Louvre Abu Dhabi's Al Manama celebrates overlooked element of UAE architecture

Installation designed by urban researchers and designers Rashid and Ahmed bin Shabib in collaboration with luxury brand Cartier

Al Manama installation will be on display until April 23. Photo: Louvre Abu Dhabi.
Powered by automated translation

The manama, an often overlooked but integral aspect of traditional local architecture, has been given the Cartier treatment at Louvre Abu Dhabi.

In Arabic, al manama means “a place to rest and sleep”. It also refers to the summer pavilions built across the Arabian Gulf. In the local context of the UAE, the manama is a structure often seen in mountains and along the coast. It allows heat to be trapped within the ground and keeps animals outside.

In its essence, the manama is an elevated plinth that is designed with the aim of promoting airflow during summer. It uses sustainable forms of construction to keep the temperature cool, much like Japanese tea houses or Mongolian yurts.

For the showcase, titled Al Manama, three structures have been installed under the museum's characteristic dome. They will be on display until April 23, as part of Louvre Abu Dhabi's Ramadan celebrations.

The manamas were designed by architects and urban researchers Ahmed and Rashid bin Shabib, in collaboration with luxury brand Cartier. All three feature cotton walls, which, when wetted, will cool the breeze ventilating the space..

However, for the purpose of the exhibit, each is dedicated to a specific function. While one houses a majlis, another is designed as a library. The third, meanwhile, features a recessed seating area that promotes gathering. Archival footage highlighting the significance of the manama is projected on the fabric of its walls.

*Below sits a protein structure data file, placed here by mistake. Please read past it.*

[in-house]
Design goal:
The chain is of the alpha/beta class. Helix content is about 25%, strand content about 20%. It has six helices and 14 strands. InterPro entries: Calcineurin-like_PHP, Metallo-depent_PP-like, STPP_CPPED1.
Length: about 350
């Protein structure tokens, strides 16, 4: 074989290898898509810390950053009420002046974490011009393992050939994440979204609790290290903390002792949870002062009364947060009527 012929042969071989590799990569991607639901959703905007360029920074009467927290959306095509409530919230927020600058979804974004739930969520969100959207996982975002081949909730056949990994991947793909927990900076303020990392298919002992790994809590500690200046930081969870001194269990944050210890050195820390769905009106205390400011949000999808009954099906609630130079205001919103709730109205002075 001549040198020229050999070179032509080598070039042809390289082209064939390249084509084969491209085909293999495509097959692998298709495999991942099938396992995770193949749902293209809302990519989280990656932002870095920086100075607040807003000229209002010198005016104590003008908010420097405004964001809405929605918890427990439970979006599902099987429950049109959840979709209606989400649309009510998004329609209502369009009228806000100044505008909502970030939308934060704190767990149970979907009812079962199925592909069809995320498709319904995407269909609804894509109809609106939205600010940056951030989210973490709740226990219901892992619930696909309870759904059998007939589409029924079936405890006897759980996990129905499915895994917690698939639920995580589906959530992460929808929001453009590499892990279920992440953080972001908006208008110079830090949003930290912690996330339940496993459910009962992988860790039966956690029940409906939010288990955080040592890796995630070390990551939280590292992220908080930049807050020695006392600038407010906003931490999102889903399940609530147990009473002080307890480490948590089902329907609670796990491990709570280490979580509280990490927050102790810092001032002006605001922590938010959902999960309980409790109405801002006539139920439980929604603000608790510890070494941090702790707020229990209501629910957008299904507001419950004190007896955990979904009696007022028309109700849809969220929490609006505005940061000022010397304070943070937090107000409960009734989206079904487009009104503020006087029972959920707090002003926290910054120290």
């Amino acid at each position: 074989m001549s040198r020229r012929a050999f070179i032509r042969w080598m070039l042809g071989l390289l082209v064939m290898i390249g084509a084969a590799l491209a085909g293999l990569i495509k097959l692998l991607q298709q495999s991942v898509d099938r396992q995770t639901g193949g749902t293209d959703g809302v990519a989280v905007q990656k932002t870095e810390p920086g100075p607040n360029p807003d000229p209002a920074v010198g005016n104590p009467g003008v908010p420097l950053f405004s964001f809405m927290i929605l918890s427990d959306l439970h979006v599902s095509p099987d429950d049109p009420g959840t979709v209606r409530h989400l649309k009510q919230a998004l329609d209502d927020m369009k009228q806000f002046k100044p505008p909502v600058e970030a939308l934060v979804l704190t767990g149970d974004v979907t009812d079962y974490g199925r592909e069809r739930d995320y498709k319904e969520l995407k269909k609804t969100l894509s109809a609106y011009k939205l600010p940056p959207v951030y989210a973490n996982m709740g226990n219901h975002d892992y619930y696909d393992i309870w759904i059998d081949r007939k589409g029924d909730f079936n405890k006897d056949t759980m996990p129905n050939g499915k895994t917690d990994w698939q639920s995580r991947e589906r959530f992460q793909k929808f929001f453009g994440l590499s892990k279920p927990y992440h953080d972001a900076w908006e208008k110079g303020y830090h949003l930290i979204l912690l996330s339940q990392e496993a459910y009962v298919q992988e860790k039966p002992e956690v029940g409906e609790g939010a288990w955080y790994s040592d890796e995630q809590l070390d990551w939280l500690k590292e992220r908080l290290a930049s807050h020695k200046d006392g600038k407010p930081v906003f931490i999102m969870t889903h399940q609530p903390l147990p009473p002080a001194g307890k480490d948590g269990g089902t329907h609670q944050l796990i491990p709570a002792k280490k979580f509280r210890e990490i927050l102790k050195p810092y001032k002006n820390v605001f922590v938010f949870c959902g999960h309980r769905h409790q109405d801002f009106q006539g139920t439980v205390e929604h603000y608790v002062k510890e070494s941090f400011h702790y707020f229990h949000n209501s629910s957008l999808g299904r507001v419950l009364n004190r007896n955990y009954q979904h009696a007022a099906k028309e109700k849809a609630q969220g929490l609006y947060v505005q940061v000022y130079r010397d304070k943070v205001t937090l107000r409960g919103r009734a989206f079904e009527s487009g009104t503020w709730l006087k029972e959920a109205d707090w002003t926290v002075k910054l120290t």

“The idea of the manama came from my grandmother,” Rashid says. “When we used to talk to her in the majlis, she’d tell us about the manama and how they used to gather there during the summers. It was also a communal sleeping area, where my grandmother would sleep with other women from the neighbourhood.”

One of the three manamas features a recessed seating area with historical footage highlighting the architectural feature displayed on its cotton walls. Photo: Louvre Abu Dhabi

Rashid defines the manama as a communal structure, rising between 50cm and 1.5m above the ground. The fabric that made up its walls and act as a tarp was often made of abandoned sails.

“They would soak the sail in the ocean and tie it from the sides around the bottom,” he says. “The air would pull in from the bottom because it is an elevated structure into this wet sail. Then you’d have a windtower above with a pitched roof.

“The manama is [an early] example of air conditioning, a passive cooling system,” he says. “Everybody asks how people used to survive the summers, and how they were able to withstand the heat. It was through the manama.”

As far as traditional architectural features go, the manama is not as widely celebrated as, for example, the barjeel wind towers, but still serve as an important facet to understanding the scope of Emirati architecture.

Ahmed and Rashid bin Shabib stand with Noura Al Kaabi, Minister of Culture and Youth, alongside the UAE Pavilion's Golden Lion Award for Architecture 2021. Photo: Ahmed bin Shabib

As manamas can be easily assembled and disassembled, they allow for a certain modularity.

They can be grouped together into a larger space. The form, and its passive cooling system, also makes it ideal to use in public locations, including bus stops or rest areas.